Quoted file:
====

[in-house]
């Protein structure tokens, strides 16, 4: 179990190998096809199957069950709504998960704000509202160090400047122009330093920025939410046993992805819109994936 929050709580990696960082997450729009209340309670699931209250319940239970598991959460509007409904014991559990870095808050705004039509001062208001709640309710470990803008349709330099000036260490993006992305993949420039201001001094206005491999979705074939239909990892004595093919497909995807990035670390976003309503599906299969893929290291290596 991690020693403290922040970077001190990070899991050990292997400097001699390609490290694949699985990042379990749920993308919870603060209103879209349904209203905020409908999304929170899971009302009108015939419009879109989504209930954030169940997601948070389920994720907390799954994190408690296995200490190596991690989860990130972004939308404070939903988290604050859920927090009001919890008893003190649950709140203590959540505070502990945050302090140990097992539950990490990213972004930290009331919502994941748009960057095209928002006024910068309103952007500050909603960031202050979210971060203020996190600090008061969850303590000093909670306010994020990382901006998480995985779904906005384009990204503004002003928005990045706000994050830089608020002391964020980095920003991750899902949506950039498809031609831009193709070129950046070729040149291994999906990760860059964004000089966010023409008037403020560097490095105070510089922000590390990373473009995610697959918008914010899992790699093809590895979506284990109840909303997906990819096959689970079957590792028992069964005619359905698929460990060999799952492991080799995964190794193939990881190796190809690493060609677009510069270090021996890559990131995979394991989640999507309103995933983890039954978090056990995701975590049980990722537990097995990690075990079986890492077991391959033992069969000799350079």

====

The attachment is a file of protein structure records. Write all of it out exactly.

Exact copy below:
[in-house]
């Protein structure tokens, strides 16, 4: 179990190998096809199957069950709504998960704000509202160090400047122009330093920025939410046993992805819109994936 929050709580990696960082997450729009209340309670699931209250319940239970598991959460509007409904014991559990870095808050705004039509001062208001709640309710470990803008349709330099000036260490993006992305993949420039201001001094206005491999979705074939239909990892004595093919497909995807990035670390976003309503599906299969893929290291290596 991690020693403290922040970077001190990070899991050990292997400097001699390609490290694949699985990042379990749920993308919870603060209103879209349904209203905020409908999304929170899971009302009108015939419009879109989504209930954030169940997601948070389920994720907390799954994190408690296995200490190596991690989860990130972004939308404070939903988290604050859920927090009001919890008893003190649950709140203590959540505070502990945050302090140990097992539950990490990213972004930290009331919502994941748009960057095209928002006024910068309103952007500050909603960031202050979210971060203020996190600090008061969850303590000093909670306010994020990382901006998480995985779904906005384009990204503004002003928005990045706000994050830089608020002391964020980095920003991750899902949506950039498809031609831009193709070129950046070729040149291994999906990760860059964004000089966010023409008037403020560097490095105070510089922000590390990373473009995610697959918008914010899992790699093809590895979506284990109840909303997906990819096959689970079957590792028992069964005619359905698929460990060999799952492991080799995964190794193939990881190796190809690493060609677009510069270090021996890559990131995979394991989640999507309103995933983890039954978090056990995701975590049980990722537990097995990690075990079986890492077991391959033992069969000799350079």